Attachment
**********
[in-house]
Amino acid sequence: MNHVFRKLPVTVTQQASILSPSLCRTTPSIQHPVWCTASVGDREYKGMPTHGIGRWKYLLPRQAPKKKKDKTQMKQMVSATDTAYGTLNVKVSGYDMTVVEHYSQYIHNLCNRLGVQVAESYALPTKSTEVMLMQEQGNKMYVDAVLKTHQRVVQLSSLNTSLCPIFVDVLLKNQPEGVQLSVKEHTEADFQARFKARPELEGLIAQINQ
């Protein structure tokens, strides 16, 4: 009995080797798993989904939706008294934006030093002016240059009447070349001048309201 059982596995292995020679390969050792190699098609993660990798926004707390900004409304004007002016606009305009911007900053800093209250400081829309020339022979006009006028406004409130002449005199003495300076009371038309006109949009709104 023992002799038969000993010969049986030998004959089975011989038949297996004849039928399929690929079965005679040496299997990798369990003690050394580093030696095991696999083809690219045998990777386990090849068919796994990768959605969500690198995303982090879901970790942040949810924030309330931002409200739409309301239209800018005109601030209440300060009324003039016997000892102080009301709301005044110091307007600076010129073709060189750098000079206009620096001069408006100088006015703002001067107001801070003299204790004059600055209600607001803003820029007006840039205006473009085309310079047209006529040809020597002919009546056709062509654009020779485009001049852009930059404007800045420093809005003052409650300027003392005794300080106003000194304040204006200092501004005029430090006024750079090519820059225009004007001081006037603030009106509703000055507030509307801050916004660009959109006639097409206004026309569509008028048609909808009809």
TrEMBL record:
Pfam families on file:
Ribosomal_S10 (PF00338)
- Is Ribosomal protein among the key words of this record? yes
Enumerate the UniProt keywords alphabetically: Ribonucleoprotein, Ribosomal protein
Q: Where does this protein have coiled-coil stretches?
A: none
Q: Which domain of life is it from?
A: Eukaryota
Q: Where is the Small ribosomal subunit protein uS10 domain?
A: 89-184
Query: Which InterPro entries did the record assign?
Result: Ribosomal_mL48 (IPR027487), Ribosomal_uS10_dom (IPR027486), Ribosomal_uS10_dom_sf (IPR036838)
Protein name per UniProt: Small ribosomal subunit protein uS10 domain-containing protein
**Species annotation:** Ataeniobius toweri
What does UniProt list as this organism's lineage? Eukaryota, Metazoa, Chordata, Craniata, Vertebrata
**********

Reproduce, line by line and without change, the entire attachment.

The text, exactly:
[in-house]
Amino acid sequence: MNHVFRKLPVTVTQQASILSPSLCRTTPSIQHPVWCTASVGDREYKGMPTHGIGRWKYLLPRQAPKKKKDKTQMKQMVSATDTAYGTLNVKVSGYDMTVVEHYSQYIHNLCNRLGVQVAESYALPTKSTEVMLMQEQGNKMYVDAVLKTHQRVVQLSSLNTSLCPIFVDVLLKNQPEGVQLSVKEHTEADFQARFKARPELEGLIAQINQ
């Protein structure tokens, strides 16, 4: 009995080797798993989904939706008294934006030093002016240059009447070349001048309201 059982596995292995020679390969050792190699098609993660990798926004707390900004409304004007002016606009305009911007900053800093209250400081829309020339022979006009006028406004409130002449005199003495300076009371038309006109949009709104 023992002799038969000993010969049986030998004959089975011989038949297996004849039928399929690929079965005679040496299997990798369990003690050394580093030696095991696999083809690219045998990777386990090849068919796994990768959605969500690198995303982090879901970790942040949810924030309330931002409200739409309301239209800018005109601030209440300060009324003039016997000892102080009301709301005044110091307007600076010129073709060189750098000079206009620096001069408006100088006015703002001067107001801070003299204790004059600055209600607001803003820029007006840039205006473009085309310079047209006529040809020597002919009546056709062509654009020779485009001049852009930059404007800045420093809005003052409650300027003392005794300080106003000194304040204006200092501004005029430090006024750079090519820059225009004007001081006037603030009106509703000055507030509307801050916004660009959109006639097409206004026309569509008028048609909808009809």
TrEMBL record:
Pfam families on file:
Ribosomal_S10 (PF00338)
- Is Ribosomal protein among the key words of this record? yes
Enumerate the UniProt keywords alphabetically: Ribonucleoprotein, Ribosomal protein
Q: Where does this protein have coiled-coil stretches?
A: none
Q: Which domain of life is it from?
A: Eukaryota
Q: Where is the Small ribosomal subunit protein uS10 domain?
A: 89-184
Query: Which InterPro entries did the record assign?
Result: Ribosomal_mL48 (IPR027487), Ribosomal_uS10_dom (IPR027486), Ribosomal_uS10_dom_sf (IPR036838)
Protein name per UniProt: Small ribosomal subunit protein uS10 domain-containing protein
**Species annotation:** Ataeniobius toweri
What does UniProt list as this organism's lineage? Eukaryota, Metazoa, Chordata, Craniata, Vertebrata